From the longing perspective of someone looking west, Latvia is so very European, a model to be emulated by countries like Ukraine, which, well, are not.
However, it's interesting to listen to Ukrainians talk about the cultural achievements of their former Soviet brethren. While I was in Riga, I had the opportunity to see the ballet Swan Lake with several Ukrainian colleagues. It was quite revealing.
I am an American Cretin. I admit this. My education was woefully lacking in the areas of classical music, ballet and opera. Blame not the carpetparents -- they tried to sow the seeds of high culture, but they fell on fallow soil. Thus, at my advanced age, I can appreciate little more than the spectacle of a ballet. I've seen the Nutcracker half a dozen Christmases at the Seattle Center, but so deep is my ignorance of the dance, I had to have my colleague explain the plot of Swan Lake. That's sort of embarrassing.
There's no arguing that Riga's a pretty small town, but keep in mind that Mikail Baryshnikov started his career there so it's not like they're taking off the farmers' daughters' clogs and replacing them with toe shoes. Over lunch, a Latvian colleague extolled the high quality of Riga's Russian-school ballet. The American cretin in me concluded that since Russians were good at things like ballet and shot put, this would be an excellent ballet.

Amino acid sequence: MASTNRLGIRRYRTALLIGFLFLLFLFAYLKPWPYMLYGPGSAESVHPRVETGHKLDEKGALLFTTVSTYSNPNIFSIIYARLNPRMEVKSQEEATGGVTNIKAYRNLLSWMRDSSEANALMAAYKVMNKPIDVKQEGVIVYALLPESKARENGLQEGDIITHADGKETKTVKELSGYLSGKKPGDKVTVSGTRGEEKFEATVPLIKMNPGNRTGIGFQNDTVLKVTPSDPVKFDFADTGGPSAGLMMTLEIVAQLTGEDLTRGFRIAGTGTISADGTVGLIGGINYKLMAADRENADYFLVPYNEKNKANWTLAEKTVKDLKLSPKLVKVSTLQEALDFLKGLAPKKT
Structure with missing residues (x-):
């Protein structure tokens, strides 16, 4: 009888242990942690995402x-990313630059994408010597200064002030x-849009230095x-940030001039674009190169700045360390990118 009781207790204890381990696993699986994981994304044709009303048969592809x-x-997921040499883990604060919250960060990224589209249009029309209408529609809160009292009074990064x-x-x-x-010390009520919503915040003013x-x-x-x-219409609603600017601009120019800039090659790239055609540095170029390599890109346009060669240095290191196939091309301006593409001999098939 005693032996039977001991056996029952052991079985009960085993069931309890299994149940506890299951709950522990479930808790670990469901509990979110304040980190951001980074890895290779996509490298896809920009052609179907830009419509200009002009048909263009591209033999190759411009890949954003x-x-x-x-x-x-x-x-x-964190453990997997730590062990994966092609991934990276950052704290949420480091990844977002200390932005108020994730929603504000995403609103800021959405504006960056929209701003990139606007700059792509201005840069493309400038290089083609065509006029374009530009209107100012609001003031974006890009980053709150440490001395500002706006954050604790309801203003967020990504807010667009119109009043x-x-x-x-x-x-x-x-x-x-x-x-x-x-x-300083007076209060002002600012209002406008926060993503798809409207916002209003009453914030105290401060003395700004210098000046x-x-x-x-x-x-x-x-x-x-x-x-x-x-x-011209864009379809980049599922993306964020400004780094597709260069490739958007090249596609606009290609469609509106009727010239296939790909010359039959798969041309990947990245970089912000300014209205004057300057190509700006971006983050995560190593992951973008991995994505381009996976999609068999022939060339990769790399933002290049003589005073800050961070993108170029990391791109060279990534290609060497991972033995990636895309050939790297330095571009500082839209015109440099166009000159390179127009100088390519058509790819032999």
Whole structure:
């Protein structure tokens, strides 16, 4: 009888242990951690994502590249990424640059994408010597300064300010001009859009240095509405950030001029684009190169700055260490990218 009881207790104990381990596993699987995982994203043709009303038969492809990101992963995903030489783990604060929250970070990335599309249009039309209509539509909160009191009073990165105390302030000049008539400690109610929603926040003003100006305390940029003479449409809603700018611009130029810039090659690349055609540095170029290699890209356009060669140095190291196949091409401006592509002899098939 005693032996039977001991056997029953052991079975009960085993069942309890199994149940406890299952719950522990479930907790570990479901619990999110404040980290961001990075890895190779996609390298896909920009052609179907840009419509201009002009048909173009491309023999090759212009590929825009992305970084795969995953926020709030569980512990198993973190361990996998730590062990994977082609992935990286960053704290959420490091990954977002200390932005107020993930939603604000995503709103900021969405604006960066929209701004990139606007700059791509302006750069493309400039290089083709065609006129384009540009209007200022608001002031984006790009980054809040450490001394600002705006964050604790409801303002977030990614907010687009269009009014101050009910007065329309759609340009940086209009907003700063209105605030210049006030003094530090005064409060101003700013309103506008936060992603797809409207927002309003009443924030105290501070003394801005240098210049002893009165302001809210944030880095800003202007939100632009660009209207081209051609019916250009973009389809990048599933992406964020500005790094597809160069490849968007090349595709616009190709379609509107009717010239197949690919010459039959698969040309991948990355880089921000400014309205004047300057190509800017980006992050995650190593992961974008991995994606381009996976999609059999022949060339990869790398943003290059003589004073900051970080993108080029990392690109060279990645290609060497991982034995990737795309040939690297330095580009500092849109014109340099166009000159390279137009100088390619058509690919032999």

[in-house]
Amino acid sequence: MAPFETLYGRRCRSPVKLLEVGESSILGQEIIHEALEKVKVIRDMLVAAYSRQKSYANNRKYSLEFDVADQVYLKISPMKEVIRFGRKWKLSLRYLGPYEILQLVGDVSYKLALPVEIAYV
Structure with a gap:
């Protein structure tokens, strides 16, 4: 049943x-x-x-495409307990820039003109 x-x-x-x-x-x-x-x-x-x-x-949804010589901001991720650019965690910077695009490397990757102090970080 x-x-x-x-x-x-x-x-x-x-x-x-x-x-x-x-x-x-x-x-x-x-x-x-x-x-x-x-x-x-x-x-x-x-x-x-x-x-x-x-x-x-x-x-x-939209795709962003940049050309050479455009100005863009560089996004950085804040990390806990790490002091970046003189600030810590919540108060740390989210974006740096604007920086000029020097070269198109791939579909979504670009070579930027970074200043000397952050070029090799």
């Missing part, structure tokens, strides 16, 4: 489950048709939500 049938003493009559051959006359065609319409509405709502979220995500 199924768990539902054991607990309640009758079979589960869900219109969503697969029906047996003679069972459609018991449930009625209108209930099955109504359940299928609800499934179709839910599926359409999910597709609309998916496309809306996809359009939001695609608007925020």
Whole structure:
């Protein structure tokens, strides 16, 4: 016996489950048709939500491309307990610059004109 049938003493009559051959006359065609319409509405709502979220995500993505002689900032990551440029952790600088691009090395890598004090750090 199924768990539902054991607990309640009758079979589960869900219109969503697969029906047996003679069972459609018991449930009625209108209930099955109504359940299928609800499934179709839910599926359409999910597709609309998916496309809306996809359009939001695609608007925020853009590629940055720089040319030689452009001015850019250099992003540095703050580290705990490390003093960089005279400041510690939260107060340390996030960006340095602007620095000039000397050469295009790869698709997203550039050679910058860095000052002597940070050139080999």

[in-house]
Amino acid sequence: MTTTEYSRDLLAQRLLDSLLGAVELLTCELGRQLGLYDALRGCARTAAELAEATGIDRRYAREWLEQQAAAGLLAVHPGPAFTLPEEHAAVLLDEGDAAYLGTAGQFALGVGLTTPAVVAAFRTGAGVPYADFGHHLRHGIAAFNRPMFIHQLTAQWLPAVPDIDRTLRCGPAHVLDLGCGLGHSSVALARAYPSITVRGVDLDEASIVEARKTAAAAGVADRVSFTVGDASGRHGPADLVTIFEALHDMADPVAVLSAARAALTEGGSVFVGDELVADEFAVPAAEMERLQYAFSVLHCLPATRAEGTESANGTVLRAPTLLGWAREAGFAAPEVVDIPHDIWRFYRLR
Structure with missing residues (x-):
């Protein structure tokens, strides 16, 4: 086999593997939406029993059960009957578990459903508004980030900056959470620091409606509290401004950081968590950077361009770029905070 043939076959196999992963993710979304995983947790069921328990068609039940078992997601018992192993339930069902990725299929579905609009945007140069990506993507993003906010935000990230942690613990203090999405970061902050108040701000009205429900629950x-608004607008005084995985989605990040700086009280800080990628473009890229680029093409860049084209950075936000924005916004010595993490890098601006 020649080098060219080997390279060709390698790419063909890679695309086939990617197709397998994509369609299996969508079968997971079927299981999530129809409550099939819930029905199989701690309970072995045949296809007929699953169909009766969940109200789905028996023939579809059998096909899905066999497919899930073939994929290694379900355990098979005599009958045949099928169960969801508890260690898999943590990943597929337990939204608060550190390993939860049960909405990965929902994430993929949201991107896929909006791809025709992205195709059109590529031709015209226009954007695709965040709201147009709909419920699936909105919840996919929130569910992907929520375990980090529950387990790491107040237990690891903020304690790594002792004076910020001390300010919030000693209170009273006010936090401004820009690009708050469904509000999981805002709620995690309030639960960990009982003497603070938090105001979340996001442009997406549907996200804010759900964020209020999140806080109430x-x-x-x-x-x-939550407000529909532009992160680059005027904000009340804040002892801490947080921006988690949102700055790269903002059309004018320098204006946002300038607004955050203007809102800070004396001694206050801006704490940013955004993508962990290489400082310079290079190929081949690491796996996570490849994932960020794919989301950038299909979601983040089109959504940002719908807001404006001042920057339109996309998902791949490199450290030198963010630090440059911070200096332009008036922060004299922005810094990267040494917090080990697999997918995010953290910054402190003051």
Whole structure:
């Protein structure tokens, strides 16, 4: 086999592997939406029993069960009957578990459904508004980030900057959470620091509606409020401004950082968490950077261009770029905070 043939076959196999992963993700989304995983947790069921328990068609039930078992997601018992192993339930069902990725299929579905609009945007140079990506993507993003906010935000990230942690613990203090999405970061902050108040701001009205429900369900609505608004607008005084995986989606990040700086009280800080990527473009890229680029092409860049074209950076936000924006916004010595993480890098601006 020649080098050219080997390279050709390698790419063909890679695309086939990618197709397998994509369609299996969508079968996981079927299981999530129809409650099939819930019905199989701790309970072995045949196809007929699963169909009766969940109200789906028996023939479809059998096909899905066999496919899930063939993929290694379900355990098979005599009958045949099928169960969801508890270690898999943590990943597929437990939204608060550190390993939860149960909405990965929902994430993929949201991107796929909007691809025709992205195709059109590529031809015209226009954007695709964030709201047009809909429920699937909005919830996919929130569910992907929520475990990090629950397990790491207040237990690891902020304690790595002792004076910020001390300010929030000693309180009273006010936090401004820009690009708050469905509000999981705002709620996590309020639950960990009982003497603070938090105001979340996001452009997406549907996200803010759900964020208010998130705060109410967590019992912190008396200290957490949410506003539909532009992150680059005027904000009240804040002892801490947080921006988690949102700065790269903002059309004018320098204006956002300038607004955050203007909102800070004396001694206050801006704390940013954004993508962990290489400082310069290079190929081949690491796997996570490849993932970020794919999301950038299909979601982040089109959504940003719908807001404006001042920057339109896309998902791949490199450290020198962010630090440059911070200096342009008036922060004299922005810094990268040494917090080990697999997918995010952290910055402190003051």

I thought it was! I love shiny pretty things and the costumes and dancers were ever so swanny and shimmery. They hardly at all thumped around like elephants in tutus. Yay white swan! Boo black swan! I applauded at the all right times and comported myself with dignity.
To listen to the Ukrainians I was with, you'd think we'd watched a community theater production of Grease.
"Oh! These Latvians! Russians and Ukrainians would never use such costumes! We are classical. Latvians are...not."
"Oh! But those Latvian ballerinas are sow-shaped!"
"Oh! The lead ballerina was surely Russian. She was so much better than the rest of them!"
But this air of superiority hardly is limited to culture. I made an offhand remark to a friend about Misha giving those Russians a backhanded bitchslap and my Ukrainian friend, who's normally fully supportive of punitive measures against Russians, rolled her eyes and said "well, yes, but he is Georgian and you know what that means."
I wonder how Russians would respond if they knew Ukrainians (khokhols!) were inviting themselves to the cultural table of their slavic brethren.